An Illustrated History of Chess

  1 Origins
  2 Early Chess

  3 Thailand, Burma
  4 China

  5 From China?
  6 Korea
  7 Japan
  8 Evolution
  9 Europe
  10 Variants

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An Illustrated History of Chess

It has been said that Japan takes in ideas from all over the world, and reinvents them in a style which is uniquely Japanese. As you will see, the game of shogi illustrates this idea beautifully.

Looking at the shogi board, at right, what similarities to other forms of chess are already apparent?

Like the Chinese game:
T he pieces are flat, caligraphed figures, nine across, with the commanding general (king) in the center, and there are two special pieces on their own row.

Like the Persian game:
The pieces are placed on the spaces (not lines), and there is a pawn in each column.

Like the Thai game:
T he pawns start out on the third row...

And yet, the neat wooden board, divided into rectangles, with wooden tiles seems to have a very Japanese character.

shogi, ready to play
the initial array of shogi
 the chessmen of xiangqi (Chinese chess)

You may be able to detect a few similarities between the Chinese pieces (above) and the Japanese pieces (below).

the chessmen of shogi (Japenese chess)

In fact, the Japanese pieces are written in Chinese characters (one of Japan's three official alphabets!). The Japanese pieces, however, are composed of two characters — the first is an adjective. For instance, look at the fourth and fifth pieces in the Chinese and Japanese line-up at the left. The Chinese pieces are "horse" and "chariot." The corresponding Japanese pieces are "laurel horse" and "fragrant chariot."

Notice the two pieces which stand alone on the second row. Strangely enough, one has the move of a western bishop (called, "angle-goer") and one has the move of the western rook (called "flying chariot" — did you recognize the character for chariot?). It is said that the historic line-up of shogi pieces did not have anything in the second row, and that these pieces were simply borrowed, several centuries ago, from European chess.

Most of the moves found in shogi are already already familiar to us, and some are slight variations on familiar themes. The chariot and horse, for instance, move like our rook and knight...but only in the forward directions. The pawn moves and captures with a forward movement, like the Chinese pawn.

Now, let's talk about elephants. Well, there is no elephant in the Japanese chess...but that piece two spaces to the king's right and left, the silver general — has the characteristic elephant move found in Southeast Asia — just like the nobleman of Thai chess.

the move of the silver general in shogi (Japenese chess), a familiar move in south-east Asian chess variants
the move of the silver general
 the move of the gold general in shogi (Japenaese chess), a unique move among major chess variants
the move of the gold general

What's new in shogi is the move of the gold general, who stands next to the king (or jaded general). The gold general moves one space forward, backward of sideways or forward-diagonal. This is an interesting complement to our silver general, who moves in the four diagonal directions or to the one forward direction. You can see that there is a preference in shogi for the pieces to move forward — on the attack.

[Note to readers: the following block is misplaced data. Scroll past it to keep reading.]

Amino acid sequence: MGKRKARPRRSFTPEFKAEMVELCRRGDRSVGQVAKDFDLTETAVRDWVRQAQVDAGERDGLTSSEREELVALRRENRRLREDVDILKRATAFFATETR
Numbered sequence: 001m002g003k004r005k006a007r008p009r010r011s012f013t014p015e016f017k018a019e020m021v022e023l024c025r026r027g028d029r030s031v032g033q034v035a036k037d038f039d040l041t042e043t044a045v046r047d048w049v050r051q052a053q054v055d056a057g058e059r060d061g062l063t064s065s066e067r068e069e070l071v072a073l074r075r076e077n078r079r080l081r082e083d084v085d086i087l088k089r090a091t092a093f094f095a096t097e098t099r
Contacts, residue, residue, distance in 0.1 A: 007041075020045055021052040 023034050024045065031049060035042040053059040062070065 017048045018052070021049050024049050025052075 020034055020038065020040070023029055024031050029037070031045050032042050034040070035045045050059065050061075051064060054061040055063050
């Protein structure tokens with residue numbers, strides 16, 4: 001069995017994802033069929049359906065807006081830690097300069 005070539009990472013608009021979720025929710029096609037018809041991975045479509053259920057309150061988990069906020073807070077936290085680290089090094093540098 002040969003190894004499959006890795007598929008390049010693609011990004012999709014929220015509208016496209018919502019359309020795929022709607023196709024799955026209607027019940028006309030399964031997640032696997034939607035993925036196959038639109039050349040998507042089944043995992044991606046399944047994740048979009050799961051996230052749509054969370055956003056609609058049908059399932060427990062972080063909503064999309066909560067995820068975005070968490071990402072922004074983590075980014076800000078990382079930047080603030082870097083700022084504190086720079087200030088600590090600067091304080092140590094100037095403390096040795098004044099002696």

Now, here's where things start to get complicated. Notice that the pieces are all flat tiles. This shape serves a special function: Each player starts with twenty pieces, and all but three of these pieces (the king and two gold generals) can flip over, to show a promotional value.

Promotion occurs when a piece enters the enemy's third row (as it does in Thai chess). Upon entering the promotional zone, the piece may flip over (as the pawn does in Thai chess) to show a new character. The newly promoted piece has a new, more powerful move, becoming at once a greater threat in the enemy's territory.

the chessmen of shogi (Japenese chess) showing their original values 

the chessmen of shogi (Japenese chess) showing their promoted values
All of the shogi pieces, except the king and the gold general, flip over to show a promoted value.

But here's where things get really complicated. Did you notice that the pieces on opposing sides are all of the same color, only differentiated by the direction they are pointing? There is a reason for that too.

When a piece is captured in shogi, it isn't dead yet! It waits on the side of the board, to be placed back in the service of its captor, on any vacant square of the board (some restrictions apply). So, unlike all other forms of chess, shogi never winds down into a simplified end game. No, in shogi there are 40 pieces in play, from beginning to end, being promoted, captured, dropped back into play, being promoted and captured again...until, finally, someone declares checkmate!

If you think an intense game loaded with extraordinary possibilities of attack and necesities for tight defense is for you, check out the detailed rules of shogi!

That just about completes our tour of the Far East. It is by no means exhausted! There are varieties of chess still played in India and Myanmar... and myriad variations and predecessors of the games we've looked at throughout history.

But let's finish our world view with a look at the chess we know and love, western chess — just plain "chess," as we call it. How did it get here, and how long has it been around?...

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